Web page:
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Tales from a Plant Addict

Fun (& a few serious) facts, tips and tricks for every gardener, new and old.

Black-eyed Peas and the New Year

There are many superstitions surrounding the coming of the New Year. Many cultures have traditions encouraging consumption of certain foods to "guarantee" luck in the coming year. Some of these traditions have become more or less part of mainstream America–one of these is eating black-eyed peas on New Year's Day. There are many variations on the Southern tradition of eating black-...

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O Christmas Tree

You would never know it by looking around at our community today, but having a Christmas tree in the home is a relatively new concept in the U.S. The Germans are commonly credited with starting the tradition of Christmas trees, but use of evergreen branches in and around the home during the dark winter months has ancient origins. Many pagan beliefs commonly described winter as...

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Poinsettia’s Popularity

The poinsettia's introduction to the U.S. in the 1800's as a novel new plant was a far cry from its popularity today. How in the world did a wild plant from Mexico become a fixture in many American homes during the holidays? Much of the poinsettia's popularity today is credited to Paul Ecke Sr., of Califor...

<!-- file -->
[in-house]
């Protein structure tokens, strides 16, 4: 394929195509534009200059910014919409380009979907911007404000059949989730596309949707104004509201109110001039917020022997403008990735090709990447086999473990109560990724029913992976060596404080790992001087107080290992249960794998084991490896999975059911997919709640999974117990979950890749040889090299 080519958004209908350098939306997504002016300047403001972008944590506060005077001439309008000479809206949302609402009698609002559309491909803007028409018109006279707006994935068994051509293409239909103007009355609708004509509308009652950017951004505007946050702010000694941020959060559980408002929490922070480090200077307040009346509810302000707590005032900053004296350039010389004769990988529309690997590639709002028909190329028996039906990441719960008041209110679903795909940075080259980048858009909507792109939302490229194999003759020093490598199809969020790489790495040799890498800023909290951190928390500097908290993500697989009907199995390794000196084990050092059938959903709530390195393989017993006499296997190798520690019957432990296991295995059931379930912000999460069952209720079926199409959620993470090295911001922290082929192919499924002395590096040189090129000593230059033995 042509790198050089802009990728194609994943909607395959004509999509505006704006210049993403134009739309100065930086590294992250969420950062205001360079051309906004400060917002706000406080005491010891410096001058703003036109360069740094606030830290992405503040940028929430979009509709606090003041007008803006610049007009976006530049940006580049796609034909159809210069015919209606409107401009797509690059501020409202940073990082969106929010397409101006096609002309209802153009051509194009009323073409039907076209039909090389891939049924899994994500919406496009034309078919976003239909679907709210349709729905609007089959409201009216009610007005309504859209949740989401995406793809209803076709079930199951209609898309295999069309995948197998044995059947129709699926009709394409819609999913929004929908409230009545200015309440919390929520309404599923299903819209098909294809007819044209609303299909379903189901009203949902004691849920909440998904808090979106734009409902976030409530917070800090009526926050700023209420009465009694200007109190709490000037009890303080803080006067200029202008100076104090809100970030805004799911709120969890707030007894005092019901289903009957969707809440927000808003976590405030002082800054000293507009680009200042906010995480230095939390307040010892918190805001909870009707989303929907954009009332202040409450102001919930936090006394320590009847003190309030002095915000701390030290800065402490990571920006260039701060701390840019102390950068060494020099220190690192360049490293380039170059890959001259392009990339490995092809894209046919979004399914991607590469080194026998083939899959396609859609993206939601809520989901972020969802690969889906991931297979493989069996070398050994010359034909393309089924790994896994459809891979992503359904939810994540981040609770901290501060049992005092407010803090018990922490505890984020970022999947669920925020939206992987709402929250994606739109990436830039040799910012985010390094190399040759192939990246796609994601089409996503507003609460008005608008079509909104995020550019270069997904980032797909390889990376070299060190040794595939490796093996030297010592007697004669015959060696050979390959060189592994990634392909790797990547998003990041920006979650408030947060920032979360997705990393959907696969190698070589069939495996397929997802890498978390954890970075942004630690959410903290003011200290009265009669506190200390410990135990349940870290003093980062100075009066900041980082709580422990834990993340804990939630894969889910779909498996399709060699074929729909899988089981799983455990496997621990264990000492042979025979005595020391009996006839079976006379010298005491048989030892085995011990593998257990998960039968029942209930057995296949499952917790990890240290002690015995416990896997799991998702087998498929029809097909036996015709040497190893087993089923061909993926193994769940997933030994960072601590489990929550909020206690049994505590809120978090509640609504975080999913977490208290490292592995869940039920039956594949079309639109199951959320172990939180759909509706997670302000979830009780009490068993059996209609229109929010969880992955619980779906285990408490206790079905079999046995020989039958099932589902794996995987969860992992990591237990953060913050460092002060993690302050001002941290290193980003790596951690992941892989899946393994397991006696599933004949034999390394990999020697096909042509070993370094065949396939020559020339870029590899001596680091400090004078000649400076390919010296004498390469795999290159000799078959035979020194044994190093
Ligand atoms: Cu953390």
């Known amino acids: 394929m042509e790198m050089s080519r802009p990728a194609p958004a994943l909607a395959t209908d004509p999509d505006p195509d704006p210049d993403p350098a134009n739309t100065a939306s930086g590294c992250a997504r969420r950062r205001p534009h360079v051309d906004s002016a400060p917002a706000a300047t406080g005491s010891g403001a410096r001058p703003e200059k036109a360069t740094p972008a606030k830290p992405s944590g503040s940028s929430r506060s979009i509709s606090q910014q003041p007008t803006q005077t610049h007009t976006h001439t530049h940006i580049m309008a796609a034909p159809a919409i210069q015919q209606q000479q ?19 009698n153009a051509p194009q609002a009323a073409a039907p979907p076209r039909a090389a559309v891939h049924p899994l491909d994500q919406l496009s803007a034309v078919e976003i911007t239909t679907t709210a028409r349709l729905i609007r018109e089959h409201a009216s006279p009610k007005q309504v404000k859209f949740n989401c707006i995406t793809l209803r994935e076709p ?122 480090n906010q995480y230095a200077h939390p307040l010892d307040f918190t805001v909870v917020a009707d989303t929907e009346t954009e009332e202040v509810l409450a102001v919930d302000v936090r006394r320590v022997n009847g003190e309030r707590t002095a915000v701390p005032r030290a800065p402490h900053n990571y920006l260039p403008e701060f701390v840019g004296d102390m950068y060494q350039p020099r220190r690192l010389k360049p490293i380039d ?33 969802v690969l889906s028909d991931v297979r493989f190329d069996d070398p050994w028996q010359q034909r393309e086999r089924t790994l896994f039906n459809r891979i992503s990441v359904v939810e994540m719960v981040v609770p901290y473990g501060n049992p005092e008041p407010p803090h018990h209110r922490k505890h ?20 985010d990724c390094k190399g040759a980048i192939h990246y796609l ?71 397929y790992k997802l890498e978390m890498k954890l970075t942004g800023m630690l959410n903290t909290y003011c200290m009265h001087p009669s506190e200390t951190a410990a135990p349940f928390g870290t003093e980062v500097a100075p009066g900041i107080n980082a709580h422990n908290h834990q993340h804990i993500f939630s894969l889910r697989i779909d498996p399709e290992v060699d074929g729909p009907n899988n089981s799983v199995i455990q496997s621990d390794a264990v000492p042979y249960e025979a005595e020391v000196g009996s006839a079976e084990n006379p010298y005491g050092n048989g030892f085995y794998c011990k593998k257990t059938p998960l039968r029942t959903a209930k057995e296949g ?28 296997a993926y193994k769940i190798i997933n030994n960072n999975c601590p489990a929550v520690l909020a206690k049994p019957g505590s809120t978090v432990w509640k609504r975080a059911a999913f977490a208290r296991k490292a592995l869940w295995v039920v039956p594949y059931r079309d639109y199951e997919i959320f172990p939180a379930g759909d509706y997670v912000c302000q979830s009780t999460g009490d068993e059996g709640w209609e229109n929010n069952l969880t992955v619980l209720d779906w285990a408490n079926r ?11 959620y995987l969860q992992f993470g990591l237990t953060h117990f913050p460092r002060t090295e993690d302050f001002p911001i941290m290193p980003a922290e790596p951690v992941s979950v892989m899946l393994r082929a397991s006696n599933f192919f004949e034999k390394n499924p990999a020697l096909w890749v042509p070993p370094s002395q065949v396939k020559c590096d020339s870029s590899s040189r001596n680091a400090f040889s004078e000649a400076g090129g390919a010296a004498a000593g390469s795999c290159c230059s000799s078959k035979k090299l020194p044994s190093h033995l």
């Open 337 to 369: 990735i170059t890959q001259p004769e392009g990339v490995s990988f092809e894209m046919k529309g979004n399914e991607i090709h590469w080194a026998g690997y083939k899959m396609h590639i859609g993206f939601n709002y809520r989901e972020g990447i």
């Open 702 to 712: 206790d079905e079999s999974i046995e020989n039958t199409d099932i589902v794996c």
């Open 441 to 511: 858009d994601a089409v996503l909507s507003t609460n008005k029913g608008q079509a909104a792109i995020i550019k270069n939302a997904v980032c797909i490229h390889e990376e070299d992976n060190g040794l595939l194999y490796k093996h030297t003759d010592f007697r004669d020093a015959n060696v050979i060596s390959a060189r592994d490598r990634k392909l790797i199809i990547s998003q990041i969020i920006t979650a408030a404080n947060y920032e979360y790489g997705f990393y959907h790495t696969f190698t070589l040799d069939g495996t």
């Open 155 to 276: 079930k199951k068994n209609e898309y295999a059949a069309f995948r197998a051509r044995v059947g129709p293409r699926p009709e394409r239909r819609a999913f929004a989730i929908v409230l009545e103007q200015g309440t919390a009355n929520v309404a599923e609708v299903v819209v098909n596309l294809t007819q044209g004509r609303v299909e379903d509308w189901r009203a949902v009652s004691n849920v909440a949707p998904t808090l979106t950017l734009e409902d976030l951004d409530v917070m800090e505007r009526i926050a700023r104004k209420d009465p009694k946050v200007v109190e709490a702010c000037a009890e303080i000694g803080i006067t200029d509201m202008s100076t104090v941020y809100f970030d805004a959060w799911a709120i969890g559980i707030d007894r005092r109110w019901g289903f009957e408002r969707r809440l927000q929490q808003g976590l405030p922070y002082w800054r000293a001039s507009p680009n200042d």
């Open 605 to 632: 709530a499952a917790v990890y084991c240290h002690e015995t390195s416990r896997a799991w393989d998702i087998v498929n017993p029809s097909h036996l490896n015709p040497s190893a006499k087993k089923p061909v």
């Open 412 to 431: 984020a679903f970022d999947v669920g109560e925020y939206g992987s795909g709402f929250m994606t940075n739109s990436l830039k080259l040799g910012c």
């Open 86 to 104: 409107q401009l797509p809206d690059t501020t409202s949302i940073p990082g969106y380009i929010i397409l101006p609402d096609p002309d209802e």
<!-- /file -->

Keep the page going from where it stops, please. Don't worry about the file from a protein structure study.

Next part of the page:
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Poinsettia History

Have you ever wondered why the poinsettia is considered by many to be "The Christmas Flower"? If it weren't for an observant U.S. ambassador, the poinsettia, or Euphorbia pulcherrima would have remained a plant of Mexican and Central American medicine and legend rather than the Christmas decorati...

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Japanese Yew Taxus cuspidata

Sometimes a plant commonly used in the landscape looks entirely different when allowed to grow to its full potential. In my opinion, Japanese Yew is one of those plants. Growing up, I spent many hours with my dad helping to trim the yews in front of the house that stand about three feet tall. I never thought about them being any bigger. To me, they looked like green meatballs and took way too m...

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